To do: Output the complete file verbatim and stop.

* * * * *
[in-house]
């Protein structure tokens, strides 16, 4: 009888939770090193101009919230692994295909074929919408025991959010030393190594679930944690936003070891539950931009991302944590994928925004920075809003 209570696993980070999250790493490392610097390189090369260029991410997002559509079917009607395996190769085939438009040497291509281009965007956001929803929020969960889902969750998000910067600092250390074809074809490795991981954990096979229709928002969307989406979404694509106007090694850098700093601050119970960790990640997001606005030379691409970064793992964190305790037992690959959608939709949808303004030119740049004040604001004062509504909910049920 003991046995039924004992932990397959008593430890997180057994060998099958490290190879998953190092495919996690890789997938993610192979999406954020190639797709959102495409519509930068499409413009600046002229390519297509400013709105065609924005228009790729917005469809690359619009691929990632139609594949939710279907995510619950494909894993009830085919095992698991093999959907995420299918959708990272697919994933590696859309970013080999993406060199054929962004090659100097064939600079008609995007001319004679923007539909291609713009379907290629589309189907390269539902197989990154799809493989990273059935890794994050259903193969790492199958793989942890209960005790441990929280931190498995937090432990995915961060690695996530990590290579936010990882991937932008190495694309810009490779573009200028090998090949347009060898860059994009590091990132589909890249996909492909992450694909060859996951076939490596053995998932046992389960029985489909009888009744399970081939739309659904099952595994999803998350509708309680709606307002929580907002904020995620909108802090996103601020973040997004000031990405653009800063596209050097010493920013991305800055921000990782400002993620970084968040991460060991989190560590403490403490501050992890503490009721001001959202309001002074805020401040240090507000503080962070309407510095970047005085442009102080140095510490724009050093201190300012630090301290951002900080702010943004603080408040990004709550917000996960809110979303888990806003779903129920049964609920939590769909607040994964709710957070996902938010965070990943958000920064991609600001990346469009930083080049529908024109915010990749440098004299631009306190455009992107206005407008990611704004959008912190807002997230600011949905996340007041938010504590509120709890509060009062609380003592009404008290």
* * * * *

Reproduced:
[in-house]
């Protein structure tokens, strides 16, 4: 009888939770090193101009919230692994295909074929919408025991959010030393190594679930944690936003070891539950931009991302944590994928925004920075809003 209570696993980070999250790493490392610097390189090369260029991410997002559509079917009607395996190769085939438009040497291509281009965007956001929803929020969960889902969750998000910067600092250390074809074809490795991981954990096979229709928002969307989406979404694509106007090694850098700093601050119970960790990640997001606005030379691409970064793992964190305790037992690959959608939709949808303004030119740049004040604001004062509504909910049920 003991046995039924004992932990397959008593430890997180057994060998099958490290190879998953190092495919996690890789997938993610192979999406954020190639797709959102495409519509930068499409413009600046002229390519297509400013709105065609924005228009790729917005469809690359619009691929990632139609594949939710279907995510619950494909894993009830085919095992698991093999959907995420299918959708990272697919994933590696859309970013080999993406060199054929962004090659100097064939600079008609995007001319004679923007539909291609713009379907290629589309189907390269539902197989990154799809493989990273059935890794994050259903193969790492199958793989942890209960005790441990929280931190498995937090432990995915961060690695996530990590290579936010990882991937932008190495694309810009490779573009200028090998090949347009060898860059994009590091990132589909890249996909492909992450694909060859996951076939490596053995998932046992389960029985489909009888009744399970081939739309659904099952595994999803998350509708309680709606307002929580907002904020995620909108802090996103601020973040997004000031990405653009800063596209050097010493920013991305800055921000990782400002993620970084968040991460060991989190560590403490403490501050992890503490009721001001959202309001002074805020401040240090507000503080962070309407510095970047005085442009102080140095510490724009050093201190300012630090301290951002900080702010943004603080408040990004709550917000996960809110979303888990806003779903129920049964609920939590769909607040994964709710957070996902938010965070990943958000920064991609600001990346469009930083080049529908024109915010990749440098004299631009306190455009992107206005407008990611704004959008912190807002997230600011949905996340007041938010504590509120709890509060009062609380003592009404008290």